Self-Medication: Some people use substances to self-medicate physical pain. For example, the opioid crisis has been fueled in part by individuals who initially used prescription opioids to manage pain and then developed an addiction.
Escapism: People may use substances to escape their reality, numb emotional pain, or simply to feel good. Addictive substances often provide a temporary sense of euphoria or relaxation, which can be enticing.
Co-occurring Disorders: Individuals with co-occurring mental health disorders are at a significantly higher risk of substance use disorders. This is because these individuals might use substances as a form of self-medication.
Physical appearance: Meth use can lead to drastic changes in physical appearance, such as rapid weight loss, poor dental hygiene (often called "meth mouth"), skin sores from excessive picking, and premature aging.
Sleep disturbances: Meth is a potent stimulant, causing users to experience insomnia or erratic sleep patterns. They may stay awake for extended periods, followed by crashing for long hours to recover.
Increased energy and hyperactivity: Meth use can cause a surge in energy, leading to hyperactivity, rapid speech, and fidgeting. The person may engage in repetitive or obsessive behaviors, such as cleaning or disassembling objects.
Paranoia and hallucinations: Meth can induce feelings of paranoia, suspicion, and even auditory or visual hallucinations. The person may become increasingly mistrustful of others and exhibit irrational or delusional beliefs.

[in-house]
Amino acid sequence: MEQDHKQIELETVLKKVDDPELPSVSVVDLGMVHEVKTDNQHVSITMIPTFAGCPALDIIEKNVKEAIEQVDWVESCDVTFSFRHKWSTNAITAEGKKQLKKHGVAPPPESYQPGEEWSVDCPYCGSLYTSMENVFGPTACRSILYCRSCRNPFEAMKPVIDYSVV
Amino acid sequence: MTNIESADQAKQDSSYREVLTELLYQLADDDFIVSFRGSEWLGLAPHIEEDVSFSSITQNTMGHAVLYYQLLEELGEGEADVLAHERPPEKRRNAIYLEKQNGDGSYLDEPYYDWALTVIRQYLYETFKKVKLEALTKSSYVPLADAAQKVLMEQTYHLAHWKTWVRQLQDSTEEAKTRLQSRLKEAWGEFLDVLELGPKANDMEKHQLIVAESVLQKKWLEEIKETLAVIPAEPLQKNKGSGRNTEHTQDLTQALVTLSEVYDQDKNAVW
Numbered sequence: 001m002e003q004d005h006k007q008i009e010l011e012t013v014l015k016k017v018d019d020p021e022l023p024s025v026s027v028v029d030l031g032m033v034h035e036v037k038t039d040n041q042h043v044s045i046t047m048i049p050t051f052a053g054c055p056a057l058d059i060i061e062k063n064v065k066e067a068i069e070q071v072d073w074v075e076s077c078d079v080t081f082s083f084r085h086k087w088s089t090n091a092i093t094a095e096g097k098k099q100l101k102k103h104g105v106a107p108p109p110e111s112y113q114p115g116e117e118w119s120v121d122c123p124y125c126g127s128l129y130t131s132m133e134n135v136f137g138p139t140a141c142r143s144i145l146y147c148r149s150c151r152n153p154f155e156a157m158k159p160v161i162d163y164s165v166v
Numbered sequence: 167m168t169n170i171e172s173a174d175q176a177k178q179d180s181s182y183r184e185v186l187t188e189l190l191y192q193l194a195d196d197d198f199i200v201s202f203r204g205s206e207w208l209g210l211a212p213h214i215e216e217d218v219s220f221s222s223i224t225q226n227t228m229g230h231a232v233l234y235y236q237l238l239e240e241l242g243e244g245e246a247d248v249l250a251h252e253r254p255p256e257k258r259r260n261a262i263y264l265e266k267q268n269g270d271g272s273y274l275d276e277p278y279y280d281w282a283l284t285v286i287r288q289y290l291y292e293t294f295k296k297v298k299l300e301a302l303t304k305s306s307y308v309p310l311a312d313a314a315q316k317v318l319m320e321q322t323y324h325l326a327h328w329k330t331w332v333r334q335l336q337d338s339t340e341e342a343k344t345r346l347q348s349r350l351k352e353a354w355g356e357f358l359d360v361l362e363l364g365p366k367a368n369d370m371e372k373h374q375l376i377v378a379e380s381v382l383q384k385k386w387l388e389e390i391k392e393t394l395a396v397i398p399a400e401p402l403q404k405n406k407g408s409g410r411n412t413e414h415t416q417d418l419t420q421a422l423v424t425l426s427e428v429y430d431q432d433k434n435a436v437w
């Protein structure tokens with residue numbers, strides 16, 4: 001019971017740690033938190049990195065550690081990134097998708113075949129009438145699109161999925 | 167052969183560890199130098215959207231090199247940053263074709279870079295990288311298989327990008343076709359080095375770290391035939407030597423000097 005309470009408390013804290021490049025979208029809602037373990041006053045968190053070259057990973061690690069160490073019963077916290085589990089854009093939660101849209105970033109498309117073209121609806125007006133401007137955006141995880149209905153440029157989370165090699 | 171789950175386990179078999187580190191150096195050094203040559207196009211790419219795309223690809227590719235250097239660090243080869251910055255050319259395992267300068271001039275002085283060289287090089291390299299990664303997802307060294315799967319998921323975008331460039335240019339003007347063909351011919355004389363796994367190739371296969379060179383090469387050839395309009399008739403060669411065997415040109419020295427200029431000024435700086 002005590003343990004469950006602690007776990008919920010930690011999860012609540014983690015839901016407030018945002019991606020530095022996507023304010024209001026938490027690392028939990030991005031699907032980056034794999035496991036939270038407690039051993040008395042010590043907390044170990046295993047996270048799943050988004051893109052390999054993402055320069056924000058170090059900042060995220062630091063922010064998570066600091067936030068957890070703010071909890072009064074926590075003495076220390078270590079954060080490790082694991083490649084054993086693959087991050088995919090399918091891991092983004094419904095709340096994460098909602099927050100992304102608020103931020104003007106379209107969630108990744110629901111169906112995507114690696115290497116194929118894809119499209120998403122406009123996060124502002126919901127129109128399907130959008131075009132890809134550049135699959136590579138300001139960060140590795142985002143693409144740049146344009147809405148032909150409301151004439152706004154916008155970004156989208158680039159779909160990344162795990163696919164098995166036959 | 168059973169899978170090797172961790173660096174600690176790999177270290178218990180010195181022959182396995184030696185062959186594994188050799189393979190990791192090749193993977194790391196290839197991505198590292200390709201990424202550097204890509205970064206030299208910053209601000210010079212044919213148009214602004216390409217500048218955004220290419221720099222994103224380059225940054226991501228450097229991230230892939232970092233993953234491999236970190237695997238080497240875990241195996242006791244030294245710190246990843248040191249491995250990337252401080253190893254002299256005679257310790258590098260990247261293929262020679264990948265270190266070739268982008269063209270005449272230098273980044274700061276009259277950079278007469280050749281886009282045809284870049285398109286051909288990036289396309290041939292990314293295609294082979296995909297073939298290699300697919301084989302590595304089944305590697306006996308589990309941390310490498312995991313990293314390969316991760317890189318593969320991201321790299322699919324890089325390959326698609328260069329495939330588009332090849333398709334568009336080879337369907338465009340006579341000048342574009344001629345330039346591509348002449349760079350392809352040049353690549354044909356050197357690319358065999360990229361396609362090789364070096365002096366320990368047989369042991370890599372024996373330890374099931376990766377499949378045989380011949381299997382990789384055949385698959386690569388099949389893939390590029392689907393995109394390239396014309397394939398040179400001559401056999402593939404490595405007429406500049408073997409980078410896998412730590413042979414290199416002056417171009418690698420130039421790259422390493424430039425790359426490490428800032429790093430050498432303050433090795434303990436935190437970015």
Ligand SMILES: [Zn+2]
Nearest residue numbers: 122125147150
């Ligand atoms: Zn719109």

Aggression and mood swings: Meth addiction can lead to unpredictable mood swings, including irritability, aggression, anxiety, or depression. The person may become easily agitated or display violent tendencies.
Impaired cognitive function: Chronic meth use can cause difficulties with memory, concentration, and decision-making. The person may struggle to maintain focus or display confusion and disorientation.
Social isolation: Meth addiction can lead to social withdrawal, as the person prioritizes their drug use over personal relationships and activities they once enjoyed.
Risk-taking behaviors: Meth use can impair judgment, leading to increased risk-taking behaviors such as unsafe sexual practices, criminal activities, or driving under the influence.
Neglect of responsibilities: Meth addiction can cause a person to neglect personal, professional, or family obligations, resulting in job loss, financial difficulties, or relationship problems.
Tolerance and withdrawal: Over time, meth users may develop a tolerance to the drug, requiring higher doses or more frequent use to achieve the desired effects. If the person stops using meth, they may experience withdrawal symptoms such as fatigue, depression, anxiety, and intense cravings for the drug.
National Non Profit Helpline - 1-877-882-9275
Our National Non Profit Helpline is a 24/7, 365-day-a-year treatment referral and information service for individuals and families faced with mental and/or substance use disorders.
All calls are strictly confidential
Our service provides referrals to licensed treatment facilities, support groups, and community-based organizations. You don't have to struggle alone with addiction. Help is just a phone call away. Call 1-877-882-9275 now to get the help you need and deserve.